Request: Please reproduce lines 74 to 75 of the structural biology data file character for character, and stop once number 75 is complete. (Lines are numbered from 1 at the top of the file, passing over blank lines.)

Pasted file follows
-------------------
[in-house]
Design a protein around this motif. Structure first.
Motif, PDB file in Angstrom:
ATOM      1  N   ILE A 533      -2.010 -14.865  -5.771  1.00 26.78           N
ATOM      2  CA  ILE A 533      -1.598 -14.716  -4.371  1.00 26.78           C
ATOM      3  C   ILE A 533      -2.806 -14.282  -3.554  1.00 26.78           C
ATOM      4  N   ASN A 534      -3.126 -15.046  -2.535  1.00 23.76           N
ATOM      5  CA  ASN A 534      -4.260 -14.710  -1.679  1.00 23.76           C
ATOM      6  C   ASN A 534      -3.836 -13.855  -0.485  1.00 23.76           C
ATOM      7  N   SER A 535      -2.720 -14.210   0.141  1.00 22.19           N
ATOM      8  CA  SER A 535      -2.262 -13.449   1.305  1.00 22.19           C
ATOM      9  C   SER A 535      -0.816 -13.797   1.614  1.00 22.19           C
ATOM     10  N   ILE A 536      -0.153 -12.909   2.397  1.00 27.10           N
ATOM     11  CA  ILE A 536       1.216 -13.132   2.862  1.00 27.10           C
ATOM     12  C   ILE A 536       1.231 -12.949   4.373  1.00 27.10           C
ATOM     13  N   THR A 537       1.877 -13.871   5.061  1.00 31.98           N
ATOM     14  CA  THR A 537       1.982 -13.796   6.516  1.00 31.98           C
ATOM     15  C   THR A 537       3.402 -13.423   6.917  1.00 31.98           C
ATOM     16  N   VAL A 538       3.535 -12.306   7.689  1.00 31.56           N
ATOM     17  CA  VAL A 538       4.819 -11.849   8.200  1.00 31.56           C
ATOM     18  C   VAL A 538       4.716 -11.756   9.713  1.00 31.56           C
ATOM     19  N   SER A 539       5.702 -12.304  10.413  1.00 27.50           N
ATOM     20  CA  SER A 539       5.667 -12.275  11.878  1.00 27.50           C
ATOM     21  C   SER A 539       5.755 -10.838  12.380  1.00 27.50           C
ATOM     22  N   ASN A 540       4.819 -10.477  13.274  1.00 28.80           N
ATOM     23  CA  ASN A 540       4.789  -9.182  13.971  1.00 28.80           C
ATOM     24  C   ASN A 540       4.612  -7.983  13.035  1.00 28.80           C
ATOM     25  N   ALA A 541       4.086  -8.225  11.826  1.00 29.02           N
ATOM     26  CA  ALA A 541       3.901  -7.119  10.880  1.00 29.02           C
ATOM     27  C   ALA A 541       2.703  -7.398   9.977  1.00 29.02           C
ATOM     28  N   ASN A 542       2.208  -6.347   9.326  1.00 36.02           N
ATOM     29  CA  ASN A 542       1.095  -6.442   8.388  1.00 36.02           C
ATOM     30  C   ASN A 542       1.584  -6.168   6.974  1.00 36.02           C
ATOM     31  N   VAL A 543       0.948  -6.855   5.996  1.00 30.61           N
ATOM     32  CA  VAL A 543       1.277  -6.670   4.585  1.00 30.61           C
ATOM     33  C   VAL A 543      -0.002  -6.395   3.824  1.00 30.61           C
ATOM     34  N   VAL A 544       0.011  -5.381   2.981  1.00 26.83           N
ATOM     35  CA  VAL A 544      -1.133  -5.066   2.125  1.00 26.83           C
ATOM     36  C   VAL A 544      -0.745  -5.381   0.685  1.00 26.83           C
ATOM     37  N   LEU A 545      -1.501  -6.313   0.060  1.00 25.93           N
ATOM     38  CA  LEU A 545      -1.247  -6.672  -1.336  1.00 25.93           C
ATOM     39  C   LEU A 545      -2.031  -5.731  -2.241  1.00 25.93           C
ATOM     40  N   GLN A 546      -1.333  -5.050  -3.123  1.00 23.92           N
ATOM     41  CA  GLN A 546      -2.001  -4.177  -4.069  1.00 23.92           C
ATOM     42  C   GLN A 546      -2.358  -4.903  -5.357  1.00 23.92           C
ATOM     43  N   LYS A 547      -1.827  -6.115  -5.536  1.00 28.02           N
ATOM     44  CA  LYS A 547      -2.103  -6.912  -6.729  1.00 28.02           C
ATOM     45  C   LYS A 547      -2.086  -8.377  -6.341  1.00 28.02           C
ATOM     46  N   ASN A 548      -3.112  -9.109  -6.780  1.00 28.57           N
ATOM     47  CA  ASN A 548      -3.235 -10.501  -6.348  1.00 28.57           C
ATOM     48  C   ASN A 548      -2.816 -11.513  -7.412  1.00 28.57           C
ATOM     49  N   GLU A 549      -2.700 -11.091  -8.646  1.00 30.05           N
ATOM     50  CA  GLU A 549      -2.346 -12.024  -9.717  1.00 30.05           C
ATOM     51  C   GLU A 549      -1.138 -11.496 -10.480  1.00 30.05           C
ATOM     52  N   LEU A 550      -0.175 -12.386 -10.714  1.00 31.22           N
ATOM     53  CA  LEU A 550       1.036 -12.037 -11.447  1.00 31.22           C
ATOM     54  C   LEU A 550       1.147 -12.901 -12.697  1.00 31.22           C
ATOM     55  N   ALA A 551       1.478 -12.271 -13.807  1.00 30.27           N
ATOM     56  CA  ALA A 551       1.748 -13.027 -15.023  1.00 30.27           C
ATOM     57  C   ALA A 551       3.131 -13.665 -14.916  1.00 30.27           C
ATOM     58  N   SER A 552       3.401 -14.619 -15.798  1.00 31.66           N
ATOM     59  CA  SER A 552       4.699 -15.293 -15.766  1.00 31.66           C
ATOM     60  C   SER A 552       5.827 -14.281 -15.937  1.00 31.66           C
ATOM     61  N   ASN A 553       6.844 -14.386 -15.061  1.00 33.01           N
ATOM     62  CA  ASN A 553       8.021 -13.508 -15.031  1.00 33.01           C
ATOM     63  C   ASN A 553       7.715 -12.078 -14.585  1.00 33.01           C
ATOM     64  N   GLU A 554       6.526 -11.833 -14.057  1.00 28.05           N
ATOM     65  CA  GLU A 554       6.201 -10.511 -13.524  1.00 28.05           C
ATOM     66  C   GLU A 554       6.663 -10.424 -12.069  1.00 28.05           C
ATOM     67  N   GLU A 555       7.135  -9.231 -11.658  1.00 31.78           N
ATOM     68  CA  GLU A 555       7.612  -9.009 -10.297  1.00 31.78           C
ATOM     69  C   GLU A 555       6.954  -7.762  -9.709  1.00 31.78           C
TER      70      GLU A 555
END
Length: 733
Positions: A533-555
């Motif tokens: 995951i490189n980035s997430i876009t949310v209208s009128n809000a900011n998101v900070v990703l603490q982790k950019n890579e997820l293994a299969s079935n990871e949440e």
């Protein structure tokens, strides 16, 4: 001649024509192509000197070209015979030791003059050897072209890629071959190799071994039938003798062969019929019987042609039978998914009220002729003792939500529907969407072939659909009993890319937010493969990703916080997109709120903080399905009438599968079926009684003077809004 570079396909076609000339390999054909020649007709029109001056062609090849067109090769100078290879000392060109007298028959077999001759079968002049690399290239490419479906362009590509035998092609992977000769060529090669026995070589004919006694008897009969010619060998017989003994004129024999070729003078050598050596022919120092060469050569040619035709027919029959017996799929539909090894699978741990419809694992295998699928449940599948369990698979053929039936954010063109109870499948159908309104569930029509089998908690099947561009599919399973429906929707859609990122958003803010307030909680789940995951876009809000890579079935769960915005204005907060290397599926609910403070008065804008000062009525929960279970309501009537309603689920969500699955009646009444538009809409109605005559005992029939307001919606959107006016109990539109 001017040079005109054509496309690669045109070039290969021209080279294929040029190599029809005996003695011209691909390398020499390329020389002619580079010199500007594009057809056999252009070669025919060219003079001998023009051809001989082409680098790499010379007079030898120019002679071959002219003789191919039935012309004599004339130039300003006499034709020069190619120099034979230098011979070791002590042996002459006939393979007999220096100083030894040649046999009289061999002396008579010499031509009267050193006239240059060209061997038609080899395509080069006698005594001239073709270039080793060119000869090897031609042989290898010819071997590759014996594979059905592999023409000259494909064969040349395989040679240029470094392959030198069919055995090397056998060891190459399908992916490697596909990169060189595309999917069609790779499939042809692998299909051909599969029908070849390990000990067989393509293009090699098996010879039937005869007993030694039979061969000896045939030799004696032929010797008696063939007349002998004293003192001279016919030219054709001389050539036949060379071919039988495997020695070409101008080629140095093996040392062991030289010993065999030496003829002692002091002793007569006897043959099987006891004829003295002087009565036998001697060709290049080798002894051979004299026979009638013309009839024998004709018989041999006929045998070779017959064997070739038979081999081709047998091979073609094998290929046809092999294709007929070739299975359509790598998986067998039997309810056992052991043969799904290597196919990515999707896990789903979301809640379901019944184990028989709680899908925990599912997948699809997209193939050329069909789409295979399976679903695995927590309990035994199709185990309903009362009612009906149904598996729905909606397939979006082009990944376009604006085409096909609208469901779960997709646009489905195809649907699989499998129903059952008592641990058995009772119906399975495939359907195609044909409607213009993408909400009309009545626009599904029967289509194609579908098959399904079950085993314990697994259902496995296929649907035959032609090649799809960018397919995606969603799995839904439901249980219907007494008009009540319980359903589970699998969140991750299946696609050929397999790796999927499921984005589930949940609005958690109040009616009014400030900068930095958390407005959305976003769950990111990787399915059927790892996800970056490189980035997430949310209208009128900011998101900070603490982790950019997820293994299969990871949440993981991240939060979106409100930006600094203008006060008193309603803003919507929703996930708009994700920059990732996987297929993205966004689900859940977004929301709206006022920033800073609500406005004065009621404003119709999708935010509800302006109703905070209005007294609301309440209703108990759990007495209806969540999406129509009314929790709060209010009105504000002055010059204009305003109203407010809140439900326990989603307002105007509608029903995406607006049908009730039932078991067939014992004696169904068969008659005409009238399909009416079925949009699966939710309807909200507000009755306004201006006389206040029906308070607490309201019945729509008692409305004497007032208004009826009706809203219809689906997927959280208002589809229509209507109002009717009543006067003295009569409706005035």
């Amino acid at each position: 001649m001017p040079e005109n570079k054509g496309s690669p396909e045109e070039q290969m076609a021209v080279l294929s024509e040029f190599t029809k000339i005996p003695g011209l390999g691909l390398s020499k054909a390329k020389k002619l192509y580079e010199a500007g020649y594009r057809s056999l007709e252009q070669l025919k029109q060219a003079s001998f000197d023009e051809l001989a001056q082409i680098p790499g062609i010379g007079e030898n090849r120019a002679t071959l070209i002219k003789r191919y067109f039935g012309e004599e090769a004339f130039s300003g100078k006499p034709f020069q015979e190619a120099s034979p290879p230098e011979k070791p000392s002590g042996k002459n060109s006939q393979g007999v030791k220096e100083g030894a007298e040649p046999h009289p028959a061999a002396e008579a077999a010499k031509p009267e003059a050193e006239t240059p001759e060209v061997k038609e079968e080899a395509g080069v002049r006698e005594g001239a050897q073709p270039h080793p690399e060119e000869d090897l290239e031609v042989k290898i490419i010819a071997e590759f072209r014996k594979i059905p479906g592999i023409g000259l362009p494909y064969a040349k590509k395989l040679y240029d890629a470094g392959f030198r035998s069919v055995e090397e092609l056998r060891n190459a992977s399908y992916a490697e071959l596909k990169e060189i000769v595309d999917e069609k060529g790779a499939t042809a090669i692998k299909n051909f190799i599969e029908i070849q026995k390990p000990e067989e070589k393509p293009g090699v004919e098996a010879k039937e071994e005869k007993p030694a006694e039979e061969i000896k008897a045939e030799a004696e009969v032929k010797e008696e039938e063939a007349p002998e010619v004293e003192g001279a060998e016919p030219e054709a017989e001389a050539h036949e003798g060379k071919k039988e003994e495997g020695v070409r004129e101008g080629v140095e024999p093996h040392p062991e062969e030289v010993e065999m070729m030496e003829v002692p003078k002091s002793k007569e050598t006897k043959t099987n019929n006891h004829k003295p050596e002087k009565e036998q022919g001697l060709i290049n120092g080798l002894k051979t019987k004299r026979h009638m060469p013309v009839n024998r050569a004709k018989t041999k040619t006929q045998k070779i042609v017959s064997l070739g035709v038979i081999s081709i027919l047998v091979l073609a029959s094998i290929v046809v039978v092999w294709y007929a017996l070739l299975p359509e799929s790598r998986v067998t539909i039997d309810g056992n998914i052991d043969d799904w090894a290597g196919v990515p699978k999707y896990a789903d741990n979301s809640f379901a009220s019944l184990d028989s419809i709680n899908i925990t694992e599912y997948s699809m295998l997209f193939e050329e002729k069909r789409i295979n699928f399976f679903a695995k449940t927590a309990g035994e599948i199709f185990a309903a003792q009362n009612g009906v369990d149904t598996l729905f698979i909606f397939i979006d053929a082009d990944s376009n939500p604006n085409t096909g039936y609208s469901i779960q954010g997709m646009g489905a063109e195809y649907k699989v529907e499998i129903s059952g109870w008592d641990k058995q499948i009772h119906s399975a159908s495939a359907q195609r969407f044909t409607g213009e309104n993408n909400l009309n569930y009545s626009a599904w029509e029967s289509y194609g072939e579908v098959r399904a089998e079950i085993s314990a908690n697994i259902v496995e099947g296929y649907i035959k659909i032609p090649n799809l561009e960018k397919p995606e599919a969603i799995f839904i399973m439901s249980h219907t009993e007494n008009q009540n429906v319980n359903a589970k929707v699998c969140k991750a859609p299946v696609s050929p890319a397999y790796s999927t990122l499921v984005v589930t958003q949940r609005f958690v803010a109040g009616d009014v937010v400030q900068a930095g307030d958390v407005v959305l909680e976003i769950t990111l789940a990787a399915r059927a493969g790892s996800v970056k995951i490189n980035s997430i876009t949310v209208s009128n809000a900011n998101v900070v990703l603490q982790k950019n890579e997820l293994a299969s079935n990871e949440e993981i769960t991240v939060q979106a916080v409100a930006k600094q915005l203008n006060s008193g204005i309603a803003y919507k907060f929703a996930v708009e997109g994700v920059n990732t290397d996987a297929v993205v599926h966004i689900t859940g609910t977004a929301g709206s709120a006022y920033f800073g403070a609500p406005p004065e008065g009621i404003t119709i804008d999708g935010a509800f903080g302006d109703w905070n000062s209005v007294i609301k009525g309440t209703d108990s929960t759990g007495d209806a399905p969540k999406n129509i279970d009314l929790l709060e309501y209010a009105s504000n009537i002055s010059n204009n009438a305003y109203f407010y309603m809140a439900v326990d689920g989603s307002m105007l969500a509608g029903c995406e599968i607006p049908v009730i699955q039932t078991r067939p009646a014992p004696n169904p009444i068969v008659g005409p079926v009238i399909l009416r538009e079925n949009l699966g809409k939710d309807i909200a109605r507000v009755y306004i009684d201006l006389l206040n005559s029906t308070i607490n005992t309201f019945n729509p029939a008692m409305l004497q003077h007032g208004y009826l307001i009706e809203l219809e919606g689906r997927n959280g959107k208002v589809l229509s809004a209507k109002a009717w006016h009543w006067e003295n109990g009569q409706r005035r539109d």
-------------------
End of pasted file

END
Length: 733